The home office deduction can be very beneficial, allowing you to deduct a portion of your rent, property taxes, utilities, phone bills, insurance, and other expenses. However, to qualify, you must use the workspace in your home solely for earning business income and regularly meet with clients, customers, or patients there. Because of these strict criteria, most small businesses do not qualify for this deduction, and the Canada Revenue Agency is aware of this. If your home office is not used exclusively for business purposes, it is best to skip claiming this deduction.

Claiming 100% business use of a vehicle.

MK & Associates refer to this claim on your income taxes as a magnet for CRA agents. Agents understand that it is exceedingly rare for anyone to genuinely use a vehicle solely for business, particularly if there is no other vehicle for personal use, which makes it likely they’ll scrutinize this claim. It’s an easy deduction for auditors to reject because very few people maintain the necessary records accurately. Discover how to keep a logbook to claim motor vehicle expenses.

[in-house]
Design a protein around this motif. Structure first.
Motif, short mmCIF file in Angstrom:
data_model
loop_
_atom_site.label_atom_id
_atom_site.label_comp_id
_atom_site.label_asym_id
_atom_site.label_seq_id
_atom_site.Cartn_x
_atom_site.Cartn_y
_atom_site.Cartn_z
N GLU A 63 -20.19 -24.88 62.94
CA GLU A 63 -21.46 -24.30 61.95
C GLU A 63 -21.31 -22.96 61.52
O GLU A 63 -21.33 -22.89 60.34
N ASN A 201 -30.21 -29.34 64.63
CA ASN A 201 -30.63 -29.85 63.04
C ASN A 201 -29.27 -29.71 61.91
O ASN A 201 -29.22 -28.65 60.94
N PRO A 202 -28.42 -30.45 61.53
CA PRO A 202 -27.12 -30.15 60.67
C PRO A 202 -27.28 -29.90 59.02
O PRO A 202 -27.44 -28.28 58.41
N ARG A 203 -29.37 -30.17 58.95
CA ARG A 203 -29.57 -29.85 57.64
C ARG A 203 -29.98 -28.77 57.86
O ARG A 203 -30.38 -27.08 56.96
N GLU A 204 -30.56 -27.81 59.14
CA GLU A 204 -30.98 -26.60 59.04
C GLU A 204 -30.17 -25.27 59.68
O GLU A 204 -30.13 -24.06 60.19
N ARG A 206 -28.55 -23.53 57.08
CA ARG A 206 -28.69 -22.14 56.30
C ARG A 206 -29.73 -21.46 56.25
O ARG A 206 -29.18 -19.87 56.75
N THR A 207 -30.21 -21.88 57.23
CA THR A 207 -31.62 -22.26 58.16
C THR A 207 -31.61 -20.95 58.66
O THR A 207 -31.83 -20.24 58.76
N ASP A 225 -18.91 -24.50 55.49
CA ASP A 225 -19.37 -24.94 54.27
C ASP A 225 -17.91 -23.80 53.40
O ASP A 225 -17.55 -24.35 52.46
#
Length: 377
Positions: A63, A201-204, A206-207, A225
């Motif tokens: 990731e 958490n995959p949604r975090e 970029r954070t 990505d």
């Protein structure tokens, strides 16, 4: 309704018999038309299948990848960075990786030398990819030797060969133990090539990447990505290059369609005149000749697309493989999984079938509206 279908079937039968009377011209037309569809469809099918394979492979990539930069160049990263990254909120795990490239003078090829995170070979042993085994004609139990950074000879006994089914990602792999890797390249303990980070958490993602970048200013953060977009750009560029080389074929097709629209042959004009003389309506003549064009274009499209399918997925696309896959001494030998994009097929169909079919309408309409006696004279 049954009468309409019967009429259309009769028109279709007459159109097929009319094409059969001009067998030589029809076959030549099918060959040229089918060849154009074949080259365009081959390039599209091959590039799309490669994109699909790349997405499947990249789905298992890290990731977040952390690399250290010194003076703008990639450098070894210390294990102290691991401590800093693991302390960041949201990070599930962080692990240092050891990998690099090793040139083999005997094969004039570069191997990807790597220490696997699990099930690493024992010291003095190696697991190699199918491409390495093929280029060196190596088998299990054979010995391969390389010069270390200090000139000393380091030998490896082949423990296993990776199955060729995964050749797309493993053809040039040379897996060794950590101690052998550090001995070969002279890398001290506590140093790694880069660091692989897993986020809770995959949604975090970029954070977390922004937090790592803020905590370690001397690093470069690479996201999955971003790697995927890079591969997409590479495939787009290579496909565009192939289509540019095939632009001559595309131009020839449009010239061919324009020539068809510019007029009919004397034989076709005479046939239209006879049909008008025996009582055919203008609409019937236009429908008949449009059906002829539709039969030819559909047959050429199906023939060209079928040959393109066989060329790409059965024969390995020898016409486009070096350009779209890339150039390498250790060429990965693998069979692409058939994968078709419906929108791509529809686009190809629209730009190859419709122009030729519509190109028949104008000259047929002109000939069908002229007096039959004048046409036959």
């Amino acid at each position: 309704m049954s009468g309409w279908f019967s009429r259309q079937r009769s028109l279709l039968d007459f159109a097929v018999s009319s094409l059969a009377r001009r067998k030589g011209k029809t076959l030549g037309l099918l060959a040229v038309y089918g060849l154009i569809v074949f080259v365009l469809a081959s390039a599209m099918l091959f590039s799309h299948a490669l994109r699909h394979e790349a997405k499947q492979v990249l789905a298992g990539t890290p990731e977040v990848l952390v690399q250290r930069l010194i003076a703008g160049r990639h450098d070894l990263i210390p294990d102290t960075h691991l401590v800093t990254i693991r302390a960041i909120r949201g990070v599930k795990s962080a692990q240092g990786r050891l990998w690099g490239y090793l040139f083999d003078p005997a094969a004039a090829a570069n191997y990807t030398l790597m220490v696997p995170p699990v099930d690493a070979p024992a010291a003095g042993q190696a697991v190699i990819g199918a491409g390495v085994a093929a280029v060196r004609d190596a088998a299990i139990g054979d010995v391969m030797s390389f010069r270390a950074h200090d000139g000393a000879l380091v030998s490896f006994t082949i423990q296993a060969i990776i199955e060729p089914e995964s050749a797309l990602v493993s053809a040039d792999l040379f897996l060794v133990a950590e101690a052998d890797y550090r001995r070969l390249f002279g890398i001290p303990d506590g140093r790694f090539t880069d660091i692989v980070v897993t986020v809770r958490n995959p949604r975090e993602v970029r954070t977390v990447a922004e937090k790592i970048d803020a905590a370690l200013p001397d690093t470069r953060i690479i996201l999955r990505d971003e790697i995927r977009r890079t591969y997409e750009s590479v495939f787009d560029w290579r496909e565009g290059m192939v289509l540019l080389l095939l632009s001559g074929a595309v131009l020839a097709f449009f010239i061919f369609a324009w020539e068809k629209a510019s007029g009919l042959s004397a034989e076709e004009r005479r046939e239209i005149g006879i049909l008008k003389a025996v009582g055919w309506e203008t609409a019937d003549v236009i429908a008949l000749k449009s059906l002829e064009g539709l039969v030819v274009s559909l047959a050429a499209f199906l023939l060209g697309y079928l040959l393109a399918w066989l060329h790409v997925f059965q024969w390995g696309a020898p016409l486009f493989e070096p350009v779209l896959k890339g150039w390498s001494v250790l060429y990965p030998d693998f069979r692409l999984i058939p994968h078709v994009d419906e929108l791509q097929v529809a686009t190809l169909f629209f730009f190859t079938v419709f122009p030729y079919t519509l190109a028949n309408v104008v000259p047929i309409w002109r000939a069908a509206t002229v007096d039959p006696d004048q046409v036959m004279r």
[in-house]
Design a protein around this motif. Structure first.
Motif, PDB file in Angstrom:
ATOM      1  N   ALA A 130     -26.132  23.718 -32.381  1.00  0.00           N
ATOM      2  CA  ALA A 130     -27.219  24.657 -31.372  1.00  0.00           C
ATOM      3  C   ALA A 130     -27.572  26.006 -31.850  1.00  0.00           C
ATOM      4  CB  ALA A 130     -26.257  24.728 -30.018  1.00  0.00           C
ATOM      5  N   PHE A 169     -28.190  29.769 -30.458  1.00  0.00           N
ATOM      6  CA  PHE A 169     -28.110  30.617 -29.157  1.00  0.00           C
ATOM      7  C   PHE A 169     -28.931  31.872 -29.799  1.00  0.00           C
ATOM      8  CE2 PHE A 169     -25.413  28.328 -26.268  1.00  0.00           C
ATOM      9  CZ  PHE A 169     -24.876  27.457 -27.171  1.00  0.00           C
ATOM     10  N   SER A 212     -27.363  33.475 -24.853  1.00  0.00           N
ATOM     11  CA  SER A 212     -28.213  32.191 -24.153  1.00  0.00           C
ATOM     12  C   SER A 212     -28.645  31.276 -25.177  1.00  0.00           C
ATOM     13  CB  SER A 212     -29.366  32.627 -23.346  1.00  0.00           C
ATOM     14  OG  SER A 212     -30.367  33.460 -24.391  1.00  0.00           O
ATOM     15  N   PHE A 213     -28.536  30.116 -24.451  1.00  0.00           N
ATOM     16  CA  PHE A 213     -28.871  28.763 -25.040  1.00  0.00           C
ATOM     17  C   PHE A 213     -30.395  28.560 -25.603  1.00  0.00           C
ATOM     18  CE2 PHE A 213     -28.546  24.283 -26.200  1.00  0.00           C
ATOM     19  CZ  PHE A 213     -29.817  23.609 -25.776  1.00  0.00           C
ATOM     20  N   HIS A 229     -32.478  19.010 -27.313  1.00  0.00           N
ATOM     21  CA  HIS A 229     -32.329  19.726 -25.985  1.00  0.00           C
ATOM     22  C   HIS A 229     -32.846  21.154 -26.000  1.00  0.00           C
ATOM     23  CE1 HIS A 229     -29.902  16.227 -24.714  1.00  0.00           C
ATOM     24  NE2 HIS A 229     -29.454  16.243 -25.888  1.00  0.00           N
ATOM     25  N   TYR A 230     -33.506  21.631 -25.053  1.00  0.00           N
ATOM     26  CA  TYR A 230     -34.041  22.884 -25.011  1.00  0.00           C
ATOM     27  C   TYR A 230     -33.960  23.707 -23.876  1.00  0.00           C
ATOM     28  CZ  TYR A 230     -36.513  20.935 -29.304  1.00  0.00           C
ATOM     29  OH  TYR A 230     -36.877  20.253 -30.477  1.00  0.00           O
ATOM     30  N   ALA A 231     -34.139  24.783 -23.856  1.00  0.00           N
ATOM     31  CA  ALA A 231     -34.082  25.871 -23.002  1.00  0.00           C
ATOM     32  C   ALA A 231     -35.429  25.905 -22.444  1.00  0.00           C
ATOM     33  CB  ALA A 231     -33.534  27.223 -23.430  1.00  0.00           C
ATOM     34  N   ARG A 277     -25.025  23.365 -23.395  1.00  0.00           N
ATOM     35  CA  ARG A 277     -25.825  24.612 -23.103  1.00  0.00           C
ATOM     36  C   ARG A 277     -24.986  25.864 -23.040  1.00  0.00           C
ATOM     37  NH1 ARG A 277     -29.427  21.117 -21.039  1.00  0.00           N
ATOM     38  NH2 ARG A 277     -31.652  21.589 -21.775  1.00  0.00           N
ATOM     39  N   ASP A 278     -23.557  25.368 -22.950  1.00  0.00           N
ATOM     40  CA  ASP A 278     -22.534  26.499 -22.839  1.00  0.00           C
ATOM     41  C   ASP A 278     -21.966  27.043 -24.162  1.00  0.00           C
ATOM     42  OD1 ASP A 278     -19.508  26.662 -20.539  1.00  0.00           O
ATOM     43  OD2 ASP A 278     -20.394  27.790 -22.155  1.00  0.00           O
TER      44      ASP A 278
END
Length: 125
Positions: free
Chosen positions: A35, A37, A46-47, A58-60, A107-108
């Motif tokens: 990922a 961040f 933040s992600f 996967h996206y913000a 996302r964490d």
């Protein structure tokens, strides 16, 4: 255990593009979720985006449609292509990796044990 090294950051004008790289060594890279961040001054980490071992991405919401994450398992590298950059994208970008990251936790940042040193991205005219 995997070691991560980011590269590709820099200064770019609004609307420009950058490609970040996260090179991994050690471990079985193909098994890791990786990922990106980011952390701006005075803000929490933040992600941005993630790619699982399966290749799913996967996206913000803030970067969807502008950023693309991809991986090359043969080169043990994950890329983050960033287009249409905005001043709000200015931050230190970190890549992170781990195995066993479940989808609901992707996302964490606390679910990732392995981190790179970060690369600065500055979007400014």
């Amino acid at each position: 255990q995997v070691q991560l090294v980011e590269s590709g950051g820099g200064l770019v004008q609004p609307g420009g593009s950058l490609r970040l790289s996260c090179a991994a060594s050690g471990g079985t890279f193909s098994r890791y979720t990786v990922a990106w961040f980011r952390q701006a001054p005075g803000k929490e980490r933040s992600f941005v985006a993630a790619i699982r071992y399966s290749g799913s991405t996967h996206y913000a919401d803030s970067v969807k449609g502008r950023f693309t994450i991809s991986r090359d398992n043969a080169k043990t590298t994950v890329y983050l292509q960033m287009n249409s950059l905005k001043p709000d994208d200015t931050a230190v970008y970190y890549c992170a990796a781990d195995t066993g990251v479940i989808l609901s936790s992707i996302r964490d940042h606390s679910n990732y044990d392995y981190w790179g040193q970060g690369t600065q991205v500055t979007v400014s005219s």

Making substantial charitable donations.

This too stands out and heightens the chance of an audit for a small business. The Canada Revenue Agency is well aware of the typical donation amounts given by taxpayers at your income level, so any charitable contributions that exceed this norm will raise suspicions. Donations that include capital property are particularly prone to scrutiny.

Adjustments in shareholder loans and significant balances.